5 Things That Drive C-Level IT Purchase Decisions

Written by Sean Blanton on August 11, 2021

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Let’s say you’ve established a tech stack to support the business and its employees, and your leadership was cool with the decisions you’ve made to do so. Then, new leadership came in with their own idea of which technology the organization should be using. Or, perhaps you’re new to the organization and you want them to adopt different platforms or solutions you know work better. You want to advocate for your preferred stack, and to do that you need to be able to express the value of these tools in terms top leadership will understand. 

The key here is to really understand what drives IT decision making at the C-level. What do chief technology officers (CTOs), chief information officers (CIOs), or even CEOs really care about? If you can speak their (CXO) language, you’ll be able to present a solid business case for why your preferred tools are the best ones for the organization to use — or advocate for change from the current status quo. 

What do you need to know when it comes to building a case? 

Driving Forces Behind C-Level Prioritization 

Executives in the C-suite typically focus on top-level, long-term strategic plans for the business and the shorter term strategies to achieve those goals. Top of mind in nearly every organization today are these five high-level priorities:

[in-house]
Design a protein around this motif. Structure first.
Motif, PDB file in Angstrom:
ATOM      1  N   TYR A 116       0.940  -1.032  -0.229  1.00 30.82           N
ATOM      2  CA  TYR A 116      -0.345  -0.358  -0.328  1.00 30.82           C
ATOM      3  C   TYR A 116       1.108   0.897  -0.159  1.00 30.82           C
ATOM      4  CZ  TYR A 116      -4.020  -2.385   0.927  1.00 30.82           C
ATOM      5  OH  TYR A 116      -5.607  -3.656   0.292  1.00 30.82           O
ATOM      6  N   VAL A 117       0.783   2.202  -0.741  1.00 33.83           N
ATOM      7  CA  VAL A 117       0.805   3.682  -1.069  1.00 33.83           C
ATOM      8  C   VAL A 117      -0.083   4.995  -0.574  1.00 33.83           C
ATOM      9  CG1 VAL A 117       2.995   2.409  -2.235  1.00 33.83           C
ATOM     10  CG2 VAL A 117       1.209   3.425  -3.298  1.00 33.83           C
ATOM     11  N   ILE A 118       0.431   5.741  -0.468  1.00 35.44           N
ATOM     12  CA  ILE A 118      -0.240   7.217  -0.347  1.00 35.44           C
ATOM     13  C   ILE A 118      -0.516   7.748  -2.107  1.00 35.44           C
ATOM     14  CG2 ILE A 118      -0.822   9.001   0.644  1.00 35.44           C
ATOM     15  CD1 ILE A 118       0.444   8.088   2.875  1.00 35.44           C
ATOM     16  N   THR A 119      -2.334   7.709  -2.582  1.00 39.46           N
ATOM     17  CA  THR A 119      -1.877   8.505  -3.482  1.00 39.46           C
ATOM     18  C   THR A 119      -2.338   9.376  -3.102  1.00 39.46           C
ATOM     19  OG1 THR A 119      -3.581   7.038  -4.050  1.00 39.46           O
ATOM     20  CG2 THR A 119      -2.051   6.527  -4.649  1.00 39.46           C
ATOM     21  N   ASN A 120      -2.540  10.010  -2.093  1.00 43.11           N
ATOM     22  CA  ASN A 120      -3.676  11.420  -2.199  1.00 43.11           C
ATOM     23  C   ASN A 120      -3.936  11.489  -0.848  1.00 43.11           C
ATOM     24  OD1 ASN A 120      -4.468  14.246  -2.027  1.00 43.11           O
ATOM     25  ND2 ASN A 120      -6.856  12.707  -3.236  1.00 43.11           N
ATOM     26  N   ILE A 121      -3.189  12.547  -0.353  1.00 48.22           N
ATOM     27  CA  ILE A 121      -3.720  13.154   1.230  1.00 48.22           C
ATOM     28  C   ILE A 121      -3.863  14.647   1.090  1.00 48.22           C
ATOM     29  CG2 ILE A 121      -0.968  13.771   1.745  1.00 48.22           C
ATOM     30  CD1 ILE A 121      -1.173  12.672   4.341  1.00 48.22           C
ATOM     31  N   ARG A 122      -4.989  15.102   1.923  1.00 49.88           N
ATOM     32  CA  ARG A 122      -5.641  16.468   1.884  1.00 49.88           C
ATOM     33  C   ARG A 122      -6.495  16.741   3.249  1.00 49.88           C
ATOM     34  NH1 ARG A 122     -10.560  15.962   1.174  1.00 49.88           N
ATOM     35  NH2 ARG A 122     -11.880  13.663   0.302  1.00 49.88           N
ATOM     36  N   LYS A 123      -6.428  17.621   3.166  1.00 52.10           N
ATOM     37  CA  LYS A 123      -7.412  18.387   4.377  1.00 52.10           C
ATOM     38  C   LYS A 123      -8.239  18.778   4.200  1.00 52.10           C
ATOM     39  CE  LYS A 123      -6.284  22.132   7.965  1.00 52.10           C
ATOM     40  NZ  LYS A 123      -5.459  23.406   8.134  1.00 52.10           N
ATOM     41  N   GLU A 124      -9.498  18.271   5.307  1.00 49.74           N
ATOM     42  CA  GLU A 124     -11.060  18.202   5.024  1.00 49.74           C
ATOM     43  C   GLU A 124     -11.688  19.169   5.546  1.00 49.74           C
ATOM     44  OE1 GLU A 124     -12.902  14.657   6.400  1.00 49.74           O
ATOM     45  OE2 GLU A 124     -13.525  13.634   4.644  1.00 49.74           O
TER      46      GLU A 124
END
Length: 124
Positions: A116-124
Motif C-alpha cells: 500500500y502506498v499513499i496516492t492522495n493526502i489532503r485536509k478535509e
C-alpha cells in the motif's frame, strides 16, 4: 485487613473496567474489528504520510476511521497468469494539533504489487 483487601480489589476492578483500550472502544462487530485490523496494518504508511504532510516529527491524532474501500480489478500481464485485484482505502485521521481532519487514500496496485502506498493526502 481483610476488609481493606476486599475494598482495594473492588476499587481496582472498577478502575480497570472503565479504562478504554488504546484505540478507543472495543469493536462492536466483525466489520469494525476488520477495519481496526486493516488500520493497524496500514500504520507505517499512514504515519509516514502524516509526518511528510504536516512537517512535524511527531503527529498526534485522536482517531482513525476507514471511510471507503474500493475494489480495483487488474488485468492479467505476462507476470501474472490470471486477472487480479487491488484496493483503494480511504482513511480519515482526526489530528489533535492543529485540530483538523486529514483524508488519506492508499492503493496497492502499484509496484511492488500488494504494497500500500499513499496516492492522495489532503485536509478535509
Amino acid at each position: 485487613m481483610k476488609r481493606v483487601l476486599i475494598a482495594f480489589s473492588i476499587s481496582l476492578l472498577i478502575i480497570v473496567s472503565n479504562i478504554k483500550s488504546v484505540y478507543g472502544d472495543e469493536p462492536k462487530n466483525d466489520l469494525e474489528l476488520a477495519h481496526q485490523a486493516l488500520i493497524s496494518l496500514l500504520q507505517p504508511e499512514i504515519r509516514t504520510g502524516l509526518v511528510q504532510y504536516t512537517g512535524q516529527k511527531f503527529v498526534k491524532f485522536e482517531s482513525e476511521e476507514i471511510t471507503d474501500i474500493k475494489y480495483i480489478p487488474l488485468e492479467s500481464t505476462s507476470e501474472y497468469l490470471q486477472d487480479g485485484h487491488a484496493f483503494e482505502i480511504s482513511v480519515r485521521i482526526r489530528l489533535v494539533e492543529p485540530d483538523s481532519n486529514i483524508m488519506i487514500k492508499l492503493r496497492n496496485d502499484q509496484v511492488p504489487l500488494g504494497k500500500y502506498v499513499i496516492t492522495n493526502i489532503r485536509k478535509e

1. Modernization. Technology is evolving at record speeds, and today’s organizations are focusing on modernizing their legacy infrastructure, data, and systems to harness the power of cloud-native and hybrid architectures. Bringing the old into the new is paramount, and figuring out the right strategies, platforms, and tools is a high priority.
  2. Automation. Equally as important, companies are automating everything possible to streamline workflows, create smoother processes, improve customer and employee experiences, and ultimately deliver on goods and services as fast as possible.
  3. Speed. Behind the drive for automation is the overarching need to move the business faster. Everything from development to production to go-to-market to iterations needs to happen faster, but without sacrificing quality, discernment, and brand value.
  4. Costefficiency. Spending budget on the right investments that generate a return on investment in terms of improved revenue, customer and employee experience, and achieving the long-term goals of the business is a priority of the C-suite.
  5. Employee experience. In today’s environment with remote work and labor shortages, C-level executives care about making sure the employee experience keeps them attracting, hiring, and retaining the best talent. In fact, in a recent study commissioned by JumpCloud which surveyed over 400 IT professionals, 89% of CTOs said they value the impact on employee experience when making IT purchasing decisions. Providing a great employee experience correlates to improving customer experience.